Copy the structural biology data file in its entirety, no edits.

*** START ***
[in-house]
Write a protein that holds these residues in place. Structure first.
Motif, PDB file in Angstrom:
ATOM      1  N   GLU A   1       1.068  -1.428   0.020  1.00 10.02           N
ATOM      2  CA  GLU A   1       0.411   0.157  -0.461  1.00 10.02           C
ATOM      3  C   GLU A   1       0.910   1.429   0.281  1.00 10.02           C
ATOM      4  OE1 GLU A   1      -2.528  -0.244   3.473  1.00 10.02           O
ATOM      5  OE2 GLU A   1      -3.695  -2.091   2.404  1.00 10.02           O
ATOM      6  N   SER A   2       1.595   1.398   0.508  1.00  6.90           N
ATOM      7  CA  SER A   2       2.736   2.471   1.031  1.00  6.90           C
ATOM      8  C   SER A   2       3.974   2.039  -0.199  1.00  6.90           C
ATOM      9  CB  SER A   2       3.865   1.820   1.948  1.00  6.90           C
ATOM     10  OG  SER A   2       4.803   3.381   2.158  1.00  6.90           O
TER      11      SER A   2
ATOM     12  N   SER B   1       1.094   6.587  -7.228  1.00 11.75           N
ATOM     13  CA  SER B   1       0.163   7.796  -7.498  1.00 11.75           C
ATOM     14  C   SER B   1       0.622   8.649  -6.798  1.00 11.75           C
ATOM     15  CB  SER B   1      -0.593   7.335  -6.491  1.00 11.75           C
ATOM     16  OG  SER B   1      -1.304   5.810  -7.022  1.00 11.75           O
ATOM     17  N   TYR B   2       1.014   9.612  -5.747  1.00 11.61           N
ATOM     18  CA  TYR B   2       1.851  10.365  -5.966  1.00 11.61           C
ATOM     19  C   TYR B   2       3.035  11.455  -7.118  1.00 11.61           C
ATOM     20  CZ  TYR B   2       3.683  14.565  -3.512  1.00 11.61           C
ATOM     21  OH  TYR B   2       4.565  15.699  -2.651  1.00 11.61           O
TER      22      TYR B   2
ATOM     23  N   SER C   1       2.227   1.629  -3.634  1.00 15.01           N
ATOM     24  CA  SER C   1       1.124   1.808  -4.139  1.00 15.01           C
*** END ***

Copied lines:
[in-house]
Write a protein that holds these residues in place. Structure first.
Motif, PDB file in Angstrom:
ATOM      1  N   GLU A   1       1.068  -1.428   0.020  1.00 10.02           N
ATOM      2  CA  GLU A   1       0.411   0.157  -0.461  1.00 10.02           C
ATOM      3  C   GLU A   1       0.910   1.429   0.281  1.00 10.02           C
ATOM      4  OE1 GLU A   1      -2.528  -0.244   3.473  1.00 10.02           O
ATOM      5  OE2 GLU A   1      -3.695  -2.091   2.404  1.00 10.02           O
ATOM      6  N   SER A   2       1.595   1.398   0.508  1.00  6.90           N
ATOM      7  CA  SER A   2       2.736   2.471   1.031  1.00  6.90           C
ATOM      8  C   SER A   2       3.974   2.039  -0.199  1.00  6.90           C
ATOM      9  CB  SER A   2       3.865   1.820   1.948  1.00  6.90           C
ATOM     10  OG  SER A   2       4.803   3.381   2.158  1.00  6.90           O
TER      11      SER A   2
ATOM     12  N   SER B   1       1.094   6.587  -7.228  1.00 11.75           N
ATOM     13  CA  SER B   1       0.163   7.796  -7.498  1.00 11.75           C
ATOM     14  C   SER B   1       0.622   8.649  -6.798  1.00 11.75           C
ATOM     15  CB  SER B   1      -0.593   7.335  -6.491  1.00 11.75           C
ATOM     16  OG  SER B   1      -1.304   5.810  -7.022  1.00 11.75           O
ATOM     17  N   TYR B   2       1.014   9.612  -5.747  1.00 11.61           N
ATOM     18  CA  TYR B   2       1.851  10.365  -5.966  1.00 11.61           C
ATOM     19  C   TYR B   2       3.035  11.455  -7.118  1.00 11.61           C
ATOM     20  CZ  TYR B   2       3.683  14.565  -3.512  1.00 11.61           C
ATOM     21  OH  TYR B   2       4.565  15.699  -2.651  1.00 11.61           O
TER      22      TYR B   2
ATOM     23  N   SER C   1       2.227   1.629  -3.634  1.00 15.01           N
ATOM     24  CA  SER C   1       1.124   1.808  -4.139  1.00 15.01           C